April is supposed to be the cruelest month, but — depending on how hot and humid it is where you live — it may just be July. Cool off with one of these refreshing twists on the classic mint julep. The official drink of the Kentucky Derby, this cocktail demands to be enjoyed long after the race is over, especially during these hot, humid, sticky days.
First, let's take a look at the classic:
We're suckers for charts. Be sure to also check out this recipe from Camille Styles.
And now let's get to the fun part.
Spicy Southern Kitchen blends two Southern favorites that will have you wishing you could be sipping it on a lazy afternoon in a rocking chair on the front porch. Sweet tea infused with fresh mint is combined with bourbon and lemon is served over ice for cool and refreshing results.
Fashionable Hostess combines the classic flavors of a mint julep with the tangy brightness of rhubarb for a sweet, tart and herbal cocktail that’s perfect for toasting longer, brighter days. The secret ingredient is home-made rhubarb syrup. To make one cup of syrup, combine in a saucepan two cups of coarsely chopping rhubarb (about three or four stalks) and ¾ cup of sugar. Cook over medium heat until the sugar dissolves and the rhubarb breaks down completely, stirring occasionally. Bring the syrup to a boil and let boil for 1 minute. Remove from the heat and pour into a heat-proof jar to cool. Once cool use immediately or fit with a lid and store in the refrigerator for up to 1 week.
Just Putzing Around the Kitchen took pineapples, mint and jalapeños and concocted these spicy pineapple mint juleps. She made a batch of plain simple syrup, and steeped in it raw sliced jalapeños for 30 minutes. The resulting cocktail was the perfect balance of spicy and sweet, a non-lethal level of heat and tongue-tinglingly delicious.
The Chic put blackberries to great use in this seasonal twist on the classic cocktail. It's loaded with fresh blackberries, mint, simple syrup and, of course, bourbon.
Upstate Ramblings combines ginger and mint for a refreshing cocktail. This recipe makes enough for eight drinks, but if you aren’t serving that many you can save the sugar syrup in the refrigerator for another day.
Before the Civil War made foreign products hard to come by in the South, French cognac was the preferred liquor in a mint julep, explains Saveur.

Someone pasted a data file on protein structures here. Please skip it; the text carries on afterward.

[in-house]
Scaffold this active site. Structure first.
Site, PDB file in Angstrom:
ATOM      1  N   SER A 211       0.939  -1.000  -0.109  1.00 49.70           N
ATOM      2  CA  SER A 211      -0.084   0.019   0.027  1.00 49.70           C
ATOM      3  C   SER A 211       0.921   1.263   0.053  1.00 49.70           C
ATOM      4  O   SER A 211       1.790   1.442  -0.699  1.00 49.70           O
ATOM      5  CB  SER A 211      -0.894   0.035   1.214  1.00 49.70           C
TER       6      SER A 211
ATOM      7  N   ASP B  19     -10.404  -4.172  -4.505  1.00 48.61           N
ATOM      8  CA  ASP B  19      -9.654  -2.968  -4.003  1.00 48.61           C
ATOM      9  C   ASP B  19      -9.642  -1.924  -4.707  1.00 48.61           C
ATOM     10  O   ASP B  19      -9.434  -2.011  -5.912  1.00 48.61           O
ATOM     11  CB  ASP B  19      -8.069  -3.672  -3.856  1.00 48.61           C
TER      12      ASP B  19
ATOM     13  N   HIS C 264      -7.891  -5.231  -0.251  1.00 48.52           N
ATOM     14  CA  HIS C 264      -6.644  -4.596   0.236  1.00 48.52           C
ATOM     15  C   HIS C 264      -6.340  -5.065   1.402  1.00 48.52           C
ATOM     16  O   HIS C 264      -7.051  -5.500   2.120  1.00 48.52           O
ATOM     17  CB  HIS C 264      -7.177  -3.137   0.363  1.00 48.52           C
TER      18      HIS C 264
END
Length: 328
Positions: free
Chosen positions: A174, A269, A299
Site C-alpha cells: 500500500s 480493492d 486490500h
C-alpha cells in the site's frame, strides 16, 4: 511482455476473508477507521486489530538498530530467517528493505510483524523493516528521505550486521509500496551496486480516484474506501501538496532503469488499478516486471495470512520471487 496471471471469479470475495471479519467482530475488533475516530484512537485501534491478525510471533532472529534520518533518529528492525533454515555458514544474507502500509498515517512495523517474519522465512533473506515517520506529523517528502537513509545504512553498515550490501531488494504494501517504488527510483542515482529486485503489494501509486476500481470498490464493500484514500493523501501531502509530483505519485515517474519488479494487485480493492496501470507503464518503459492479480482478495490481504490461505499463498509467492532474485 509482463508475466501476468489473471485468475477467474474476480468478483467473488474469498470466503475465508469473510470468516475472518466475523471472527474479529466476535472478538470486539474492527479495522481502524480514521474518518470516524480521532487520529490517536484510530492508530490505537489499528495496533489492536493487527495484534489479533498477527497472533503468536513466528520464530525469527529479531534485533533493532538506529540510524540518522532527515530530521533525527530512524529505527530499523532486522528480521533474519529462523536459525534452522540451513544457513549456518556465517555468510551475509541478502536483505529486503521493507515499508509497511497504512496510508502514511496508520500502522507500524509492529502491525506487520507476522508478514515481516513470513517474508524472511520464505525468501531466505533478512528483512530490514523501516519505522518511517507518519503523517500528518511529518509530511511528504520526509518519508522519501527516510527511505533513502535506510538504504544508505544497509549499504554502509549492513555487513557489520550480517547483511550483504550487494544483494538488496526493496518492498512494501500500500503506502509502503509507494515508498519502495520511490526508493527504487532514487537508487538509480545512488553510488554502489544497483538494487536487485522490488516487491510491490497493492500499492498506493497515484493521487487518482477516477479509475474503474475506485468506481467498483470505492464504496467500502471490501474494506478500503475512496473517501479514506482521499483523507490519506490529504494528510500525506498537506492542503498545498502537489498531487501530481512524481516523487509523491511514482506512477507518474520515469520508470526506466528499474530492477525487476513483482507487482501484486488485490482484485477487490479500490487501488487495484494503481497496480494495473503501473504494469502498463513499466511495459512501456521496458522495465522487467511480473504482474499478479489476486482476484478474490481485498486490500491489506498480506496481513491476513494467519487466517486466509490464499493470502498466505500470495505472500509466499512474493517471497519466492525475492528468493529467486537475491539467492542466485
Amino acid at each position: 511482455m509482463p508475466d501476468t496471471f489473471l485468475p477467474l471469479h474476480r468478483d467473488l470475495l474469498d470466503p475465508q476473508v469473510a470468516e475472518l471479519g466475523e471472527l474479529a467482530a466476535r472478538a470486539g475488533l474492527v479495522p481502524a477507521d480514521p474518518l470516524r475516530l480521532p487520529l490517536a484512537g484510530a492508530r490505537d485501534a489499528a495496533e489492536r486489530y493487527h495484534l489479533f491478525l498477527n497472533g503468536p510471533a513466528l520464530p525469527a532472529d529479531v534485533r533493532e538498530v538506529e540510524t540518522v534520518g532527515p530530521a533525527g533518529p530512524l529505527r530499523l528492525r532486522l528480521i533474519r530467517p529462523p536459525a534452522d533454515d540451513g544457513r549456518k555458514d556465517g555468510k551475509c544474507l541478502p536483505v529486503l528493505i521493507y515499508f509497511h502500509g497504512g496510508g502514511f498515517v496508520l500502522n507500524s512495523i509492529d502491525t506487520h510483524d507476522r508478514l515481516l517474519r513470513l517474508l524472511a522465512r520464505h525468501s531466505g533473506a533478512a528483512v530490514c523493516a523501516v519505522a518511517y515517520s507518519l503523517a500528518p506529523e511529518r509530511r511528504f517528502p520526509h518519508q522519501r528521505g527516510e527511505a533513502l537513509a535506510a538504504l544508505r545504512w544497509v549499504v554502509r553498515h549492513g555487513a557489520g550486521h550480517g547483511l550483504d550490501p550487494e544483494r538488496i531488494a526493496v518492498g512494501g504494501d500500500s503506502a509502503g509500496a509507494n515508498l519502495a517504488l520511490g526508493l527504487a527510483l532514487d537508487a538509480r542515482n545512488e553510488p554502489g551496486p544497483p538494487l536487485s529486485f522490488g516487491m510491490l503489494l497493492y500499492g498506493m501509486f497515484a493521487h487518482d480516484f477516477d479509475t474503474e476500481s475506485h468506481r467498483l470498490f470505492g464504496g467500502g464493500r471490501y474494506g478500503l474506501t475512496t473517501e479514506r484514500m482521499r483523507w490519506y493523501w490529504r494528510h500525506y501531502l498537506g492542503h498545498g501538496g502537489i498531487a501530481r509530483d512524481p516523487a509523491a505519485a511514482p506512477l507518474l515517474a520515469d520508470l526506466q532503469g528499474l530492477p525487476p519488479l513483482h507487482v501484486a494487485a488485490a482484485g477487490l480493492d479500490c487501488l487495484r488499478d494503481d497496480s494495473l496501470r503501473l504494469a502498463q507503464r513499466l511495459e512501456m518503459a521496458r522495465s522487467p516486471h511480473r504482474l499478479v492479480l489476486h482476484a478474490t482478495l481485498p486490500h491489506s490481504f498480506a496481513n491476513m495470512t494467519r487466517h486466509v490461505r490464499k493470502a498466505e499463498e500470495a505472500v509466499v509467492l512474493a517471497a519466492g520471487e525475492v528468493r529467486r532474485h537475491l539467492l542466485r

Baking Bites reminds you to use the ripest berries you can, because they are the juiciest. The berry mix is sweetened with simple syrup, then bourbon is added and the drink is topped with crushed ice. Strawberries and mint are a delicious combination no matter how you serve them, and the oaky, vanilla bourbon just adds one more (delicious) dimension to the combination!
Sweet Life adds bright, spicy mango slices topped with chili powder for what she calls the perfect South Texas twist on the classic mint julep.
Fabtastic Life cooks down fresh cranberries and purees with pomegranate juice and fresh mint. Then she tops everything with bourbon. Yum!
Bon Appétit featured this julep riff from Bobby Flay, which tastes fresh and not too sweet.
The Bojon Gourmet worked matcha into a paste with a bit of water (add it slowly otherwise the paste will clump). Then she muddled fresh mint with sugar to extract its essential oils, added a squeeze of lemon, a bunch of bourbon and the matcha mixture. Strain over ice, to make a velvety green drink that you'll absolutely love. The sugar balances the matcha's bitterness.
Creative Culinary used juicy peaches and honey to concoct this delightful take on the original.
Spache the Spatula cautions anyone whipping up these juleps to drink plenty of water while sipping these because they are s-t-r-o-n-g. It must be those bourbon-soaked cherries. Is your mouth watering?
Pizzazzerie adds lavender to the classic mint julep for results that are as gorgeous as they are delicious. We dig those royal purple striped straws, too!